I gently tweezed him through the bramble. Harboring my humbled cat within the warmth of a mother’s arms, the two of us returned to our four walls of civilization. My feline boy, dehydrated and famished, held his head high and stepped over to his food dish to satisfy his thirst and starvation. Perhaps he had to find out for himself that independence is a bear and hissing snakes will attack. But through it all, he learned that Mama’s keys were the way to safety. Conversely, I learned to never give up on runaways and to look for the bush with the silver whining.
Meow-thering has taught me a little about cat courting. As a mature adult cat, Mese was responsible for wooing a female gray tabby, probably luring her with cat-eyed winks through the window. She literally knocked at the door on Christmas Eve, with the dragging of a paw. This feline version of Scarlet O’Hara sashayed her way into Mese’s heart and humble abode. She demanded her claim with all the grace of a winged cat. Giving her both the name Angel and a new home, I essentially betrothed Mese to her. And the wedding vow would’ve read, “To provide all the cuddling and licking, for better or for worse, until their hearts content. Amen.”
Unfortunately, I thwarted any opportunity to have a conversation about the birds and the bees with my boy. I hoped the subject would be an innate cat trait—however, I’m not sure Mese ever figured out what procreation was all about. On occasion, he saddled up in his attempt to ride Angel like a racehorse, but completely on top, not from behind. She must have been a pillar of patience to Mese’s half-witted effort. As a spectator, it reminded me of a skit from The Carol Burnett Show, when Tim Conway readied to fire a cannonball and Harvey Korman yelled, “Fire!” The ball never made it out of the chute. Mese had afforded me another meow-thering lesson—to be prepared to laugh my hiney off over his bedroom shenanigans.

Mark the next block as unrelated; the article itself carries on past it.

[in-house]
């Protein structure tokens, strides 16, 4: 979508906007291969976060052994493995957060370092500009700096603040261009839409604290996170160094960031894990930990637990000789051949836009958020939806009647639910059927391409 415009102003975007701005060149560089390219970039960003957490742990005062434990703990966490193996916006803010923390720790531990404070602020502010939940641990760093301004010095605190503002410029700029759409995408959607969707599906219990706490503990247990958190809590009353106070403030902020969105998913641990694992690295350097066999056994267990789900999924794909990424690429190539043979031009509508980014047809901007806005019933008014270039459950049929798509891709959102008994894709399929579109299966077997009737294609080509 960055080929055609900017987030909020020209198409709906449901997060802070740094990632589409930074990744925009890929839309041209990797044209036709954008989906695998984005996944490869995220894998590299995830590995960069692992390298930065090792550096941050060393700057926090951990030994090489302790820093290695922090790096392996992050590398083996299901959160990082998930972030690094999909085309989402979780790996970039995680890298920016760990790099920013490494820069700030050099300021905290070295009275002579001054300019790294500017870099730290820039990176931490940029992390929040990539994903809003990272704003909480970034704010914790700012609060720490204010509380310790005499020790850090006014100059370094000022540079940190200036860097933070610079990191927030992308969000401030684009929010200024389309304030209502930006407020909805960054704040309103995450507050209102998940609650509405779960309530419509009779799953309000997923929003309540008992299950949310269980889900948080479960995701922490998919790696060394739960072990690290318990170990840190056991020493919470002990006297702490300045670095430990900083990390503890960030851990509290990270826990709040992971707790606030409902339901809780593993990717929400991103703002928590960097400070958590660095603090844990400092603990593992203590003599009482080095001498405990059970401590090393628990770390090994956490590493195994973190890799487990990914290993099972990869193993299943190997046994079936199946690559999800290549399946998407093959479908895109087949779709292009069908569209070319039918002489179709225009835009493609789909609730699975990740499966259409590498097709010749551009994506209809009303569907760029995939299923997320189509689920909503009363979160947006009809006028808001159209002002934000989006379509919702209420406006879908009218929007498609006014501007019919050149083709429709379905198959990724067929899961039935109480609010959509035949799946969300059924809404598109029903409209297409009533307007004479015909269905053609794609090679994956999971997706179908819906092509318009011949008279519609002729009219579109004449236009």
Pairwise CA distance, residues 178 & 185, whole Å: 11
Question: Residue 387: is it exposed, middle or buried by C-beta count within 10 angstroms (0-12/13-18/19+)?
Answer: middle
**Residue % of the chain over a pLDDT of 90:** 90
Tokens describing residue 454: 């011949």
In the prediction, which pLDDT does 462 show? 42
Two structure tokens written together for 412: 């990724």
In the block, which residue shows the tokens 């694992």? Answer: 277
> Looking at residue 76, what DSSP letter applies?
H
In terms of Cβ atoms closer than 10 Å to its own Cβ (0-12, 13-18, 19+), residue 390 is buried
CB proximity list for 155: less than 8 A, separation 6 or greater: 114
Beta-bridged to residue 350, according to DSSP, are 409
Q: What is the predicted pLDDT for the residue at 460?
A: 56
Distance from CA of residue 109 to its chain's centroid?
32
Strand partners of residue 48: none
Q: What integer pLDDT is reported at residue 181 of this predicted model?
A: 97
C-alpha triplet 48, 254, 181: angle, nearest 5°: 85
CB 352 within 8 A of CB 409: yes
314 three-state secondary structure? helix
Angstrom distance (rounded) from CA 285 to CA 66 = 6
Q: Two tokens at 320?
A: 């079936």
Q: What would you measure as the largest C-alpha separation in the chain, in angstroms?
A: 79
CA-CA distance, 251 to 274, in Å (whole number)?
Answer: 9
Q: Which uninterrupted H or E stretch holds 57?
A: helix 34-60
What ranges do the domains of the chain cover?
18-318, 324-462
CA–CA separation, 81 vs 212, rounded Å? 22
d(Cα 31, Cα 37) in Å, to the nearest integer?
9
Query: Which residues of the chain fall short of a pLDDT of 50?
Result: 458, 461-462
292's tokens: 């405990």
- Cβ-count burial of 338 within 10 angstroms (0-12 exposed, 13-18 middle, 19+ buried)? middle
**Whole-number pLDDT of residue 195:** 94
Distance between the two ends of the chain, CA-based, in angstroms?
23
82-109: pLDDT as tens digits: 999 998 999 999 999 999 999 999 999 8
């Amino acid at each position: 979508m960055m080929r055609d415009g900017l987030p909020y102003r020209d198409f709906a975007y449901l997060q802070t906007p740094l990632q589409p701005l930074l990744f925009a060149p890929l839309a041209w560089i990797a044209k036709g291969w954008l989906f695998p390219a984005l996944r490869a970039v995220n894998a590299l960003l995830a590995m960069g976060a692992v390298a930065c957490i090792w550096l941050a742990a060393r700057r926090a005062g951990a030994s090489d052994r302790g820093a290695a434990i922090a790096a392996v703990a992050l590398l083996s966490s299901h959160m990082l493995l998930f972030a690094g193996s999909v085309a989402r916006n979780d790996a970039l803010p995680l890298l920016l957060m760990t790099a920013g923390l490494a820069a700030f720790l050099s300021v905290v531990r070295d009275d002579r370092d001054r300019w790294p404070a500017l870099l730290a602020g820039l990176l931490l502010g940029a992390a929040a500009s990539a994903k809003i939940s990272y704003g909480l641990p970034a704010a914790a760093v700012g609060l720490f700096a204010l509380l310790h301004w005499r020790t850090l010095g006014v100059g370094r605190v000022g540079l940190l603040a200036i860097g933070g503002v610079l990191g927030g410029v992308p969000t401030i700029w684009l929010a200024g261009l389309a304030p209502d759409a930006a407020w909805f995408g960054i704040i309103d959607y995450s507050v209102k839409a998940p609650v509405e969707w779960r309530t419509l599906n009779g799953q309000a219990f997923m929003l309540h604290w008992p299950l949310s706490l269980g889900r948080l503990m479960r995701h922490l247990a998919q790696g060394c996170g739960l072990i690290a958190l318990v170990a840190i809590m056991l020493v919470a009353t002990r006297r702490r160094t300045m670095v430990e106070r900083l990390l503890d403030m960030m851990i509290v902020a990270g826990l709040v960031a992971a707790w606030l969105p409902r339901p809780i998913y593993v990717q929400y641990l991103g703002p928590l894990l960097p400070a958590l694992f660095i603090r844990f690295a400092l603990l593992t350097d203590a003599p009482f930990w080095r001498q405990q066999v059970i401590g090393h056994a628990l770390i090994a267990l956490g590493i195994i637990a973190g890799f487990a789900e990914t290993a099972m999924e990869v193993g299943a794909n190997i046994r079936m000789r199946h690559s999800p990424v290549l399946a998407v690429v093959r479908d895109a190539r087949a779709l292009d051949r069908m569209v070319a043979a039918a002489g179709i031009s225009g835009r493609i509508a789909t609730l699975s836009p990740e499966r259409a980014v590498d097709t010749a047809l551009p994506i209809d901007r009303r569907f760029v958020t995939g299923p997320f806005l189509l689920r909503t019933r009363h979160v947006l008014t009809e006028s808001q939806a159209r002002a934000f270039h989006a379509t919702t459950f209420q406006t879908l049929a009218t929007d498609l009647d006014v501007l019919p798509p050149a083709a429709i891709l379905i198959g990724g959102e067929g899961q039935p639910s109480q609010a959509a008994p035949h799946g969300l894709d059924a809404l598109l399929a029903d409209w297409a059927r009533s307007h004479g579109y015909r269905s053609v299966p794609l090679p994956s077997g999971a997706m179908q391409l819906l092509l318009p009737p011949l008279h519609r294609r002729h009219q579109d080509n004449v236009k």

Meow-thering not only taught me that raising a cat was perfect practice for mothering, but it had other perks, too. No one ever said, “Oh, what a bad mother you are for giving your cat a toxic play snake.” And luckily, I was never interrogated by a police officer on the suspicious disappearance of my rebellious teenage cat. Furthermore, having been helped by a humane organization, I chose sterility over fertility for my catty boy, just in case he ever really fired that cannonball.
Julie Hatcher lives in South Carolina with her husband, two sons and two attention-seeking cats. She’s been a full-time mom for the past 13 years. Unsure if a counseling degree has helped with raising kids, she’s certain raising kids has helped her writing.
Again, this story appears in “Not Your Mother’s Book…On Cats.” The book is filled with 62 cat-approved stories written by their humans. Purchase this book today from your favorite retailer, Amazon (http://amzn.to/1CdPXYt) or Barnes & Noble (http://bit.ly/1zFY1kd).
To submit your stories for consideration in future NYMB titles, go to http://www.PublishingSyndicate.com and click on the “Not Your Mother’s Book” tab.